Reinforce Your Brand On Your Resume

7 Ways To Reinforce Your Brand On Your Resume

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In a crowded labor market, how can you make your candidacy stand out? In short, by being yourself. The more you can make your resume uniquely reflective of your talents, gifts, and experiences, the more it will reflect “Brand You.”

Just in time for the 2014 hiring season, here are 10 ways you can reinforce your brand on your resume:

1. Use A Keyword-Driven Title

Resumes simply don’t work as generic documents. The more specific you can make yours, the more interviews it will win you. This is where a title comes in – inserting your targeted title, type, and/or level of position sought will create a focal point for your document and strengthen recruiter interest in your candidacy right off the bat.

For maximum impact, keep your title specific and keyword-rich while using keywords that clarify the functions you wish to perform, the industries you wish to target, and/or the levels of roles you are pursuing (Managing Director, Senior VP, etc.).

2. Tagline

Hundreds of people may be applying for the same role you seek, and many of these folks will be equally excellent candidates. You can begin to stand out from the crowd by adding a tagline to your resume. Generally, one-liners and taglines focus in a key brand characteristic or achievement in short, snappy language. The key to a good one is to wow your readers with a high-impact achievement or big picture perspective on results you’ve achieved to date.

For example, “Catalyzed $70B in Multi-Channel Global Sales” or “3-Time Ernst & Young Entrepreneur of the Year.” Check out the tagline used in this award-winning executive resume, and while you’re at it, make note of the resume writing best practices showcases in this short slide presentation.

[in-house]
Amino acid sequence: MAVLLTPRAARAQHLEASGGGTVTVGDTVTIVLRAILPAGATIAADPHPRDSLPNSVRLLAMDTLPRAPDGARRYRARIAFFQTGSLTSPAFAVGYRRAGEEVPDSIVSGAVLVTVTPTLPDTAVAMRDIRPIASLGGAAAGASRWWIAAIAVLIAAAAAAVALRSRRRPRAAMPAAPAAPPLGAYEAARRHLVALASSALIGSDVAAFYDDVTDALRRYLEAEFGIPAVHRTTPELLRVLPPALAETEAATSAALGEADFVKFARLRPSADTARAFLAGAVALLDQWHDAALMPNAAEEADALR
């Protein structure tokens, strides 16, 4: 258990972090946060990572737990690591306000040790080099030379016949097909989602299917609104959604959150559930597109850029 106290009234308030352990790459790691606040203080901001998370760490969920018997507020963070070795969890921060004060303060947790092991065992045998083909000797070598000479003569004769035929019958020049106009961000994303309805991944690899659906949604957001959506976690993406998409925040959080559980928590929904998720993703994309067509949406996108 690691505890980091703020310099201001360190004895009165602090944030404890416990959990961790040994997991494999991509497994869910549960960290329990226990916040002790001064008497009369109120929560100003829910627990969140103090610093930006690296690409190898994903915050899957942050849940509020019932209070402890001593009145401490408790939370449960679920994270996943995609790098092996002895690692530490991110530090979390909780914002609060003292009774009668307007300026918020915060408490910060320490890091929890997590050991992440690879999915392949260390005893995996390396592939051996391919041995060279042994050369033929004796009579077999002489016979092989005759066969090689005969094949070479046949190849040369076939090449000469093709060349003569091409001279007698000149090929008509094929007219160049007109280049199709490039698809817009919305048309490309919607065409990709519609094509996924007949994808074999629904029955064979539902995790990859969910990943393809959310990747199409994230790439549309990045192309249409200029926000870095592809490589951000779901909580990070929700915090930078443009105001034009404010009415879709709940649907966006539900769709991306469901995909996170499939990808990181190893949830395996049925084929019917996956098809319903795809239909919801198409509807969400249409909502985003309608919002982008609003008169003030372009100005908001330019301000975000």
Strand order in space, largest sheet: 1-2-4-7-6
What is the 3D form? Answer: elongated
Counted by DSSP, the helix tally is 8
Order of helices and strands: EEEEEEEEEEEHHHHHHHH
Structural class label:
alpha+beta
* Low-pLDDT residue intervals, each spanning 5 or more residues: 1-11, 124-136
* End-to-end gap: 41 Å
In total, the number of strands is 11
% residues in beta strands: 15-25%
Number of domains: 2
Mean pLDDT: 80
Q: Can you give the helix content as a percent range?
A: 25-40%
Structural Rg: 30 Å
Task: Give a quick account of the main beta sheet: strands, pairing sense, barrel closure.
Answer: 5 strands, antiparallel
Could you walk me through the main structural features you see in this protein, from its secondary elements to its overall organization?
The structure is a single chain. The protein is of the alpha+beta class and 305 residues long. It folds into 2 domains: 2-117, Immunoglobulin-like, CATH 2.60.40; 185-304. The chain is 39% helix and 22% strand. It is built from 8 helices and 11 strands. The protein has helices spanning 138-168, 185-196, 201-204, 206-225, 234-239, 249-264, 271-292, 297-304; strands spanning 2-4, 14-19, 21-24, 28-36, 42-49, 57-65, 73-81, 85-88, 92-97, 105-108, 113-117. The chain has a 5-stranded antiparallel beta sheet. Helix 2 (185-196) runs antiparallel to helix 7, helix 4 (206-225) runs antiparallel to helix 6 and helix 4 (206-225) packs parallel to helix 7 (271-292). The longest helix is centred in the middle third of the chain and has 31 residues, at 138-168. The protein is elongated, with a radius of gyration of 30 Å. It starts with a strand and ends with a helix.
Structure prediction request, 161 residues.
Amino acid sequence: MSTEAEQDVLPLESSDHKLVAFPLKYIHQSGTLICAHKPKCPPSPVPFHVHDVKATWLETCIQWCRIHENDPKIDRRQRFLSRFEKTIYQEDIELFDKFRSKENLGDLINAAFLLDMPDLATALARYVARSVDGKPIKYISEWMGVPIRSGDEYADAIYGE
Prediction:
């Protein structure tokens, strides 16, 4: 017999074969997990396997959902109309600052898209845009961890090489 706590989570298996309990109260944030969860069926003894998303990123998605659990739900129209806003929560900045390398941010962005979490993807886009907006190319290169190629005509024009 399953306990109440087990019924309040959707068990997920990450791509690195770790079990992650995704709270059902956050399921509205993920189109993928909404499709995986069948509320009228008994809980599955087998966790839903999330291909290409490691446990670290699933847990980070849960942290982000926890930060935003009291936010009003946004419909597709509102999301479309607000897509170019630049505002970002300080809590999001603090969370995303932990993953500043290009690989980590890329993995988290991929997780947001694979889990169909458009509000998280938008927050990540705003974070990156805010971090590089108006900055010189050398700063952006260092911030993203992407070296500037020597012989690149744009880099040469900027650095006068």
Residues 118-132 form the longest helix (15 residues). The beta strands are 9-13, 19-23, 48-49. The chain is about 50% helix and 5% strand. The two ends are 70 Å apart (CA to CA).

3. Achievement-Driven Summary

Meant to provide a bird’s-eye view of your career, your summary should be brief while encapsulating your brand traits, pedigree experience, and key achievements in just a few lines of text. More is not better on resumes. Rather, using shorter but more specific sentences that hone in on “only you” brand elements is the way to deepen your reader’s sense of connection with Brand You.

Your summary should quickly capture and portray what it is that makes you different (and presumably better) than other candidates by honing in on rare skill combinations, gifts, unique work experience, or key academic credentials that make your candidacy different.

4. Brand Personality

Choose one to three personality descriptors carefully and showcase them in your summary. Choose very carefully, though, because these descriptors will carry great weight in a short summary. Avoid common terms and cliché phrases. Instead, aim for originality without sacrificing readability or clarity. Don’t be afraid to use quotes or language that is characteristically “you.”

Clients sometimes tell me things like, “I adhere to the 3P system of leadership” where the “3P” system is a private abbreviation for their personal approach to team management. In cases like this, a well-worded reference to this person’s leadership style will grab more attention that over-used words and phrases such as “seasoned,” “natural leader,” or “gifted interpersonal leader.”

5. Context

Each job listing on your resume should tell a short story – the story of your tenure and wild success. It makes sense, then, to use a brief position introductory statement that sets the stage for the achievements you plan to list with each role. If you keep these intro statements short, you can weave in multiple keywords in just a few lines while giving your readers context for your accomplishments.